People have always asked me, “So Mara, you grew up with so many men in your life, are you the “girl” who has no women friends?” This is not the case, I adore women – and without my amazing sisters no one would validate my unique blend of Mara crazy. Susan Copich, with her latest photographic series entitled “Domestic Bliss” reminds me of long conversations I’ve had with so many of my friends, but especially my friend Susana. The calls usually consist of me expressing my inner fantasies and engaging in dialogue about societal rules.
Susana usually reminds me that, I don’t follow that many rules, and sites my constant interactions with the authorities. But it’s not the rules I care so much about – it’s the offspring. When we become mothers, we know as intuitive, intelligent and responsible women that we must adhere to some guidelines….like not escaping to India for three months to “find ourselves”, but instead taking yoga with an Indian instructor.
“Mommy Time” from Domestic Bliss Photo Series by Susan Copich (pictured above)
Adrienne Rich, the American Poet wrote about “Motherhood as an institution”, she freely through poetry revealed almost an obsession with retaining one’s self after becoming a mother. The above photograph to me, is an Adrienne Rich poem brought to life.
After I had a baby, I was generously invited by women I didn’t know to join a mommy group. From the first get together, I left feeling depressed. I left the intellectual stimulation of my work at United Way to discuss baby blankets and teething. My individuality seemed meaningless, I felt trapped in a sea of emptiness – and felt confused as the role of young woman and mature mother came together. Leading a “traditional” life was not something I ever thought about, but it happened – and it happened when I was too young to understand the depth of my feelings. Relating to other women because they have kids, is a ridiculous notion – and it made me feel like I didn’t belong in the club of motherhood.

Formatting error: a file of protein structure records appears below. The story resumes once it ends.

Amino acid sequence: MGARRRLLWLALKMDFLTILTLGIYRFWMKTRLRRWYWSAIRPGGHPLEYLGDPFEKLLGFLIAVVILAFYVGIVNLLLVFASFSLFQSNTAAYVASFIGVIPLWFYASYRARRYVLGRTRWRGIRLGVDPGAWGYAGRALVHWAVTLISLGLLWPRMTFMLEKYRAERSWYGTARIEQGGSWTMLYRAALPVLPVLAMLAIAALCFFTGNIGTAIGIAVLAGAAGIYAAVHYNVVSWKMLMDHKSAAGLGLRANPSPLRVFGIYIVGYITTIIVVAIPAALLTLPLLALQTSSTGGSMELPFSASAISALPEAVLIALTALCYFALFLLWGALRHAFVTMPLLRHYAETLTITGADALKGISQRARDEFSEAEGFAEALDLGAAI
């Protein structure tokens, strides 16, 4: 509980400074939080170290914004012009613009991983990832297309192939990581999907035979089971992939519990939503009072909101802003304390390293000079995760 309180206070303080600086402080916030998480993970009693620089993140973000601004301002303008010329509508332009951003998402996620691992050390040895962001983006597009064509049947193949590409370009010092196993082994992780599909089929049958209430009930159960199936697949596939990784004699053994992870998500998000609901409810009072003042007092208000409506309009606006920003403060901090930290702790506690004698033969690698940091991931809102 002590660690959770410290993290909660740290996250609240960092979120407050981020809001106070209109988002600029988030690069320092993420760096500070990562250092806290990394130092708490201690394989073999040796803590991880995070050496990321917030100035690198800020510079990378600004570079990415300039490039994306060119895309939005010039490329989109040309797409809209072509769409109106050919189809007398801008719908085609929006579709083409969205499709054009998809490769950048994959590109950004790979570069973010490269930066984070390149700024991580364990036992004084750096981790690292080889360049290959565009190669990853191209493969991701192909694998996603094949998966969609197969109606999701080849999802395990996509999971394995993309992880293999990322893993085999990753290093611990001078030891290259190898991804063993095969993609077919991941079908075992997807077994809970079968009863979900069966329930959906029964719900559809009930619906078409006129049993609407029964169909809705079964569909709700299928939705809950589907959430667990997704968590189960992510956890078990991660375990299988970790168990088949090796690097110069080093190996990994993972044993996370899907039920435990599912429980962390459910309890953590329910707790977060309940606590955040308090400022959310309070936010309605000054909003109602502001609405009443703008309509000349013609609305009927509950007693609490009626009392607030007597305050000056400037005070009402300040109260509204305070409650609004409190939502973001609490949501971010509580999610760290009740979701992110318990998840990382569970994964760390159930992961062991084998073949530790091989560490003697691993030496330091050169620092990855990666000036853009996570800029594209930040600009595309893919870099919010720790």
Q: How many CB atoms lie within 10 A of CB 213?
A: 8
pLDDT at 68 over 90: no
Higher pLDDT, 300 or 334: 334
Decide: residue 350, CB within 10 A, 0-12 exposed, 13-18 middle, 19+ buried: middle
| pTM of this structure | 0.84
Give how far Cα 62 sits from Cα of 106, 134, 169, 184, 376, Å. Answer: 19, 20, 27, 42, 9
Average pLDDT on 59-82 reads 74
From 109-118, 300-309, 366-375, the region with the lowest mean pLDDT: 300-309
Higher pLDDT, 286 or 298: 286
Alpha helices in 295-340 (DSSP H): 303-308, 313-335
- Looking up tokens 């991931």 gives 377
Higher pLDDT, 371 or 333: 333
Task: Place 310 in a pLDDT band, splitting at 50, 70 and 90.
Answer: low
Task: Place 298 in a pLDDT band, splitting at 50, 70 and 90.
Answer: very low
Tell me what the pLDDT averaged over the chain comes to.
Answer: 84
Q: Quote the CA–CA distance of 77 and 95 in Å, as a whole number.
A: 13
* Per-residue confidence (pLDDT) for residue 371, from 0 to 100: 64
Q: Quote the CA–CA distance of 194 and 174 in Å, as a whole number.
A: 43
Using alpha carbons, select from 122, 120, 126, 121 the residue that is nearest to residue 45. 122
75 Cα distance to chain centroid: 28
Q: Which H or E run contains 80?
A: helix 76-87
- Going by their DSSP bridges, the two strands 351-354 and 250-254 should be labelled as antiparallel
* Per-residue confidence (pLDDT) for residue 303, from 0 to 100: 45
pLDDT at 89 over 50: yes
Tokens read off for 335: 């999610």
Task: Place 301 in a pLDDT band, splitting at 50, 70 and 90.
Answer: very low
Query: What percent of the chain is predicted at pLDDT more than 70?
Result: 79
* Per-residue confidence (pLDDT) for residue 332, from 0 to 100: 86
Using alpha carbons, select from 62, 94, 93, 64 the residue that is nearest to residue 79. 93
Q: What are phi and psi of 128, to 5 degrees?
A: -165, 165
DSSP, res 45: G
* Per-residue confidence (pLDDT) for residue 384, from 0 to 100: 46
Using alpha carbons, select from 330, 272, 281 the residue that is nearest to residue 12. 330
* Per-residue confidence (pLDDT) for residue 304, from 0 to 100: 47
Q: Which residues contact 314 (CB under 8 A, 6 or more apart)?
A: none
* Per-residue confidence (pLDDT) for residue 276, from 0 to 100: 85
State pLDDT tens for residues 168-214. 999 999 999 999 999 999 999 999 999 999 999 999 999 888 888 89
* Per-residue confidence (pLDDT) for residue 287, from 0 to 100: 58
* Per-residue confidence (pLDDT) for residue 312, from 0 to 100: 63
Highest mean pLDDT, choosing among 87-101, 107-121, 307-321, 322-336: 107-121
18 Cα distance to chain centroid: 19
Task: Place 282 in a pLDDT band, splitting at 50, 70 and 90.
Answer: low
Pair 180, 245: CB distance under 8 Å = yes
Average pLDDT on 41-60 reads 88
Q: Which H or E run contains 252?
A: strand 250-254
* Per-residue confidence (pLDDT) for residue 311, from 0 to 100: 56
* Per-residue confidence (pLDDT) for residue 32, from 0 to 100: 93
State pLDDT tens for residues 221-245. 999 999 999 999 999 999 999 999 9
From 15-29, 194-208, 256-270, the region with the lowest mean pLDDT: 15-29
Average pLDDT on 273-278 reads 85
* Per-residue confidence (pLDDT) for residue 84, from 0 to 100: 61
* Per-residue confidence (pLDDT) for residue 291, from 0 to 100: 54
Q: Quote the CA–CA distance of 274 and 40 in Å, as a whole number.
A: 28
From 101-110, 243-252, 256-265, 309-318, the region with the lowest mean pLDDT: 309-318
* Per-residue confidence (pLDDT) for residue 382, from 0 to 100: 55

Because none of my close friends were even in serious relationships at that time, I was lonely on planet motherhood..and forced to find friends who could relate. Only, that proved difficult. I remember meeting other mothers and thinking, are they satisfied being “only” mothers? They discussed their life with spouse and offspring like they were rock stars on stage…So why the hell did I feel like I needed a life outside all this domesticity?
NOW, I know, it’s because like Adrienne Rich, I was obsessed (without knowing) with retaining my self outside of motherhood. And this is when I decided to not discuss my children, when I was out at night. Little did I know, I was embarking on my own feminism experiment all while questioning social norms.
“Mother’s Milk” from Susan Copich’s Domestic Bliss Photo Series (Susan pictured above)
Attachment and freedom. Sexuality, Individuality and Motherhood. I’m writing this as I multi-task giving love and care to my youngest, who’s home sick from school. Liam saw the above shot, and with eyes wide open said “If you made me do that, I would push you and run”. It’s hard to examine something like motherhood without realizing the economic component of Feminism. I have choices, I was able to stay home today and write. I don’t have to worry about work- child care..it’s easy for me. I have privilege, and therefore; choices.
Kids open you up to so much, but allow you the excuse to not take risks. Motherhood is a constant struggle as an individual to adhere to social norms, even when you think they are bullshit and stifling. The struggle is the judgement that comes with rejecting those unwritten rules.
Susan and her daughters. Upstate New York. January 2015.
Fashion Notes: Jacket: Helmut Lang, Black Skinny Jeans: Citizens of Humanity, Boots: Ugg, Sunglasses: Morgenthal Frederics. The girls are wearing leggings by Carrots, Down Jackets by Canada Goose and Boots by Bogg
Susan Copich: Susan is the photographer and artist behind the acclaimed photo series, “Domestic Bliss”. With a number of collections housed at The Moen Mason Gallery, http://www.moenmasongallery.com. Susan’s latest, “Domestic Bliss” series is beyond worthy of the attention. This particular series in Susan’s body of work is based on her personal experiences as a mother and has touched a nerve. From the moment my friend forwarded me the link to Susan’s photographs, I immediately wanted to talk about these shots. Susan captures the struggle, and poked fun of it at the same time. Susan Copich’s series is so thought provoking, It has caused me to intellectualize the shit out of women – motherhood- partnership -Susan made me think and that’s the sign of a great artist. http://susancopich.com